Friday, December 03, 2004

Writing in Sand


Ron Silliman’s recent blog for 2 December is inspiring. Ron explains, among other things and interesting anecdotes (such as being bitten by a student over a writing assignment), how writing tools—quill*, pen, typewriter, computer—have affected the writing of poetry over the years, including his own, though his experience doesn’t include the quill as some of you pranksters might think.

Of all the writing tools, say, from quill to pen to machine, it is always fascinating to “see” how the screen has changed and altered the ultimate composition of poems on a page. Beyond the ills and cures of writer’s block, now more than ever we also find that the cure can in many cases be worse than the disease or result in new viral variations such as Writer’s Dyarrhea. That poems can be drafted or written in paper to be later transcribed to the computer screen to be shaped and twisted, perhaps tortured, can also result in a false sense of the malleability of poetic form. Sort of like the cross-examiner who asks the proverbial one question too many. The ease with which form can be altered on a page has been a great advance, but it may ultimately lead to the conclusion that the poem’s visual impact is to be as important as its meaning or inseparable from it. And such may be the case, but I wonder how many poems could be saved by that “Undue” editing button on Word ®. Kinda beats that old eraser on the typewriter or writing in the sand.

Can the poet over-edit his work as a result of the ease with which changes can be made on a computer? This is of particular concern to the Muse. She hardly edits and can’t stand Microsoft ®. An old fashioned but nevertheless Shakespearean interpretation.

* A quill was the hollow, rigid shaft of a bird’s feather. The word “pen” is derived from the Latin name for “feather”—“penna.” Shakespeare and other writers of his day used a variety of quills. If a writer’s pocket lacked jingle, he invested in a goose quill. If he could afford something better, he invested in a swan quill. Writers or artists who needed quills to produce fine lines purchased crow quills. Quills from ducks, eagles, turkeys, hawks and owls also served as “word processors,” producing plays, poems and sometimes revolution. Quills were the writing instruments of choice between 500 A.D. and 1850 A.D. Michael J. Cummings.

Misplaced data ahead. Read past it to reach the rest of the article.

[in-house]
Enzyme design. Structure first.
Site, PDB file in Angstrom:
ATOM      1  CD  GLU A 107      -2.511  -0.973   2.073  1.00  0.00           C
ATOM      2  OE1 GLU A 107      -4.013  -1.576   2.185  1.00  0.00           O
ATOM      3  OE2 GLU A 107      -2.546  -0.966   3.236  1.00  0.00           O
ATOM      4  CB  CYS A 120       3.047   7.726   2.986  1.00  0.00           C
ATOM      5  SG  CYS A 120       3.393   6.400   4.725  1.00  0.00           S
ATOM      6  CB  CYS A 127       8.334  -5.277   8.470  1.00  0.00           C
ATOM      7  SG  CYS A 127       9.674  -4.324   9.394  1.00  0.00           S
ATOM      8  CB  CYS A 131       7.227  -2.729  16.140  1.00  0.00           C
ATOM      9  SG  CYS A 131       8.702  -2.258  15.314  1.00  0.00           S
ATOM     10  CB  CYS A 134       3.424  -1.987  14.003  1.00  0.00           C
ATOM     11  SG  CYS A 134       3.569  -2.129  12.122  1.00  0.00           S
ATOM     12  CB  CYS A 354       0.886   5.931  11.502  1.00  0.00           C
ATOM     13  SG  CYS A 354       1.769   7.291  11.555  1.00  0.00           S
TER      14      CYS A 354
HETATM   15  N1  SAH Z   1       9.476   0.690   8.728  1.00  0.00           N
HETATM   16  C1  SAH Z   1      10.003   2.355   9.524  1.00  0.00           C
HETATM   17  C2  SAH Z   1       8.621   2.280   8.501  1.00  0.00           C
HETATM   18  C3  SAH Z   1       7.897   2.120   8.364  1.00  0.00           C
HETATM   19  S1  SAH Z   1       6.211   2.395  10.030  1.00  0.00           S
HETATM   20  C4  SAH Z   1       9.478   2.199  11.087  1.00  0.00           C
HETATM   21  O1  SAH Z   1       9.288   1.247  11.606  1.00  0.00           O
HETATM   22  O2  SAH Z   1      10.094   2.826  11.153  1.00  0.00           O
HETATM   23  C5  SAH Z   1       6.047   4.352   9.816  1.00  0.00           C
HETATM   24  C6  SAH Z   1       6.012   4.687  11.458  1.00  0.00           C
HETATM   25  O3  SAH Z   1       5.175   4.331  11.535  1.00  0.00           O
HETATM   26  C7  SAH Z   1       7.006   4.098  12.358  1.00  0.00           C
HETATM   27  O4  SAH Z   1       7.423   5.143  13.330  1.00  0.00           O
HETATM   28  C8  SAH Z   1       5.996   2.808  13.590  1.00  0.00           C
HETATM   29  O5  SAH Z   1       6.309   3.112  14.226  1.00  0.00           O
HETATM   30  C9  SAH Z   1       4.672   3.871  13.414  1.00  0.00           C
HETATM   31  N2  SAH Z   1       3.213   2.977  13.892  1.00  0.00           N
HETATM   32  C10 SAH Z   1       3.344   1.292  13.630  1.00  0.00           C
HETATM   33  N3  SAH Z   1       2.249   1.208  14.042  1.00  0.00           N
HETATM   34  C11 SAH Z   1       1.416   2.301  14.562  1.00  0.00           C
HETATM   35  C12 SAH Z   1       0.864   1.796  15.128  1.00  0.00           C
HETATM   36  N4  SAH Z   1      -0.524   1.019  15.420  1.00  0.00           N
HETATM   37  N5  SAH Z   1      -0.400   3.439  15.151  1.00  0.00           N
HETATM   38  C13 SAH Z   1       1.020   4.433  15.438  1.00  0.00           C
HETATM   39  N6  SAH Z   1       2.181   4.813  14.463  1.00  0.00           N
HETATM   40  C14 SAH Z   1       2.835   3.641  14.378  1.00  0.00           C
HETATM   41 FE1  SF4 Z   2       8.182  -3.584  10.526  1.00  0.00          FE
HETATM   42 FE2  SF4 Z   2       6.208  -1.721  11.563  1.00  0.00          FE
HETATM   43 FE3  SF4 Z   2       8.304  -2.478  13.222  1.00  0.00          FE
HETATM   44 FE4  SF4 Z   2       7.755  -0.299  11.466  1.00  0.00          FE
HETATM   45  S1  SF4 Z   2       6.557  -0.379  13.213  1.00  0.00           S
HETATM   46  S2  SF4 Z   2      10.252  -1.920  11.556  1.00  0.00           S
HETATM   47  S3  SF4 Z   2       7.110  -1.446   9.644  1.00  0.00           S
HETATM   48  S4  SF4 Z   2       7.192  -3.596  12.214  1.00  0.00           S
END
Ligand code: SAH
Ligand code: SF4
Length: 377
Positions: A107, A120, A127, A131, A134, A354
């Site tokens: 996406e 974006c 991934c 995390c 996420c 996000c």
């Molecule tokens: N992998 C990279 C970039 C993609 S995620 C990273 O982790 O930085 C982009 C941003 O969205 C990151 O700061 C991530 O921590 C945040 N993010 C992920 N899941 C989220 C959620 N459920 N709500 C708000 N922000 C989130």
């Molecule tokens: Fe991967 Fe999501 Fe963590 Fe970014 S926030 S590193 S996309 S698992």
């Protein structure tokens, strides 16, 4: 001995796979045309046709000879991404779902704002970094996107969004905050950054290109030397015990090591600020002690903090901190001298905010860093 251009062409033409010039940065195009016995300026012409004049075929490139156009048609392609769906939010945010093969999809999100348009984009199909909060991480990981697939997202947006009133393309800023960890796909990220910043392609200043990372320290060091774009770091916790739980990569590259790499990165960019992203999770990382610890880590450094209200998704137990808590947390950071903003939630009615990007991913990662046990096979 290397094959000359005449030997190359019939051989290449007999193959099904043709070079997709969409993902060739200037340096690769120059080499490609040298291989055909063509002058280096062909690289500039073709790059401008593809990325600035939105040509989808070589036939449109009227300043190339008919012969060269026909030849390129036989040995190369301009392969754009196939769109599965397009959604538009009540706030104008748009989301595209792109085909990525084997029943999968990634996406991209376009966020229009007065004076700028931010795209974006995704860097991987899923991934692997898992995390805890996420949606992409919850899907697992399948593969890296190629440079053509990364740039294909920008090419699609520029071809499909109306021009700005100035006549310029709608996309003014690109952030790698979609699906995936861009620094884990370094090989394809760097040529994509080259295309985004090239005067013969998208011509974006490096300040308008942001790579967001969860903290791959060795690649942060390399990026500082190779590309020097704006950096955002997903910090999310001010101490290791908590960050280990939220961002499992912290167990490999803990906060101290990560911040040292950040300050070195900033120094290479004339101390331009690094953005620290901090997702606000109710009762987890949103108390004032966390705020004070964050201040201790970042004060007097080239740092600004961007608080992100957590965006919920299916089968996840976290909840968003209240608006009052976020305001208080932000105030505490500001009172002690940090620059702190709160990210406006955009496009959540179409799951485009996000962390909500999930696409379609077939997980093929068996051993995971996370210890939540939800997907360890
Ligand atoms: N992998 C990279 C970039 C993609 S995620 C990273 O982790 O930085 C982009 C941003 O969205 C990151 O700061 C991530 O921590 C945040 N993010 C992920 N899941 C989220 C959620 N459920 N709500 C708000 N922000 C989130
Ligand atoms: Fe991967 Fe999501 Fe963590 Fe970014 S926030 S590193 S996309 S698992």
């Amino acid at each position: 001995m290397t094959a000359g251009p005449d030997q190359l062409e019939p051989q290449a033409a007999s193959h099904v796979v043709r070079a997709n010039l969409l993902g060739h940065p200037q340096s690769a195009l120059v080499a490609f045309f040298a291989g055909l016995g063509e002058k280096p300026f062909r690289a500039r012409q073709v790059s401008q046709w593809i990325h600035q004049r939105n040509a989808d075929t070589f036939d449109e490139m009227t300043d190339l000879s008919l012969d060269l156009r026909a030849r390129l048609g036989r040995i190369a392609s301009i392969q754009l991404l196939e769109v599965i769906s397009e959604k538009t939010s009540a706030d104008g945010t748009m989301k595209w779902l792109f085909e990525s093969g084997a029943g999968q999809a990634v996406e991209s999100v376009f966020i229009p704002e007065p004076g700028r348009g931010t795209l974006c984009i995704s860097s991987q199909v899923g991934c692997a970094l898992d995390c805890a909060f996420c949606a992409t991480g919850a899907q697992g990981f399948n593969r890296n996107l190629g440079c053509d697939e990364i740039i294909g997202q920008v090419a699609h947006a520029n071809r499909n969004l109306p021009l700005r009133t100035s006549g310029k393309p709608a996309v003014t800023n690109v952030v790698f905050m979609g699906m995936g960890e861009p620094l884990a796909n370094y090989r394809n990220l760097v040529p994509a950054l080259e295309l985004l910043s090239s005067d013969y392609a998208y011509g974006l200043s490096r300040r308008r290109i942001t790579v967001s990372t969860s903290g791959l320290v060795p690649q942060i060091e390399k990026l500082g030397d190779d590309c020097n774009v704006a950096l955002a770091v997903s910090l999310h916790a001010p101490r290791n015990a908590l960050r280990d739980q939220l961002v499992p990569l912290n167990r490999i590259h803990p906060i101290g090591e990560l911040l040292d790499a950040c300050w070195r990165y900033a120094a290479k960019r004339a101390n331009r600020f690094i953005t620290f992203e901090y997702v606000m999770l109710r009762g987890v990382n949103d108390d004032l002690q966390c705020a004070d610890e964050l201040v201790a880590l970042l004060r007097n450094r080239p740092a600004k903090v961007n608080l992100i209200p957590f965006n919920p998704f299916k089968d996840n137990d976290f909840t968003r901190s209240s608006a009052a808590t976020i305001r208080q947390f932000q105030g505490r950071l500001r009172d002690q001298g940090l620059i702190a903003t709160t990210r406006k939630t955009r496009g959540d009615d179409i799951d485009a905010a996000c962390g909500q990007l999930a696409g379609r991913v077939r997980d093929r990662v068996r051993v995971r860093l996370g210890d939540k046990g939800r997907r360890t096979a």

• This is a very thoughtful and provocative exposition, Alberto. It got me thinking again about spaces and tools, here, for writing, as had Ron's post earlier in the day, but also as these form relations in general. Really, I think it must go to the semiotic, something akin to Bachelard and de Certeau. Thanks for this.

    chris murray

    By Blogger chris, at 6:30 AM  

  • This is truly food for thought, Chris, and why I turn to some of Ron’s explanations in his blog (it’s like listening to a pleasant conversation) on linguistics and semiotics. Aren’t those scary words? But on a very simple level it is fascinating to consider how the “tools” affect the writer’s “product”. Superficially, for instance, note how Blogger affects my writing here in this blog; how you are affected: e.g., aided visually in some respects by the existence of graphics and yet restricted and constrained by the limitations of the medium. (Frustration in not being able to do what we want by our control limit over the medium.) The tool affects our product and may be no different on a theoretical context to how hammer and chisel affected communications centuries ago. Time will tell. Contemporary poets may not realize the extent to which they are controlled by the tools of their choice. And, needless to say, as it has always been, the reader’s “participation” in the final act of “production”: “The activity of reading has all the characteristics of a silent production.” M. de Certeau.

    Thanks for stopping by.

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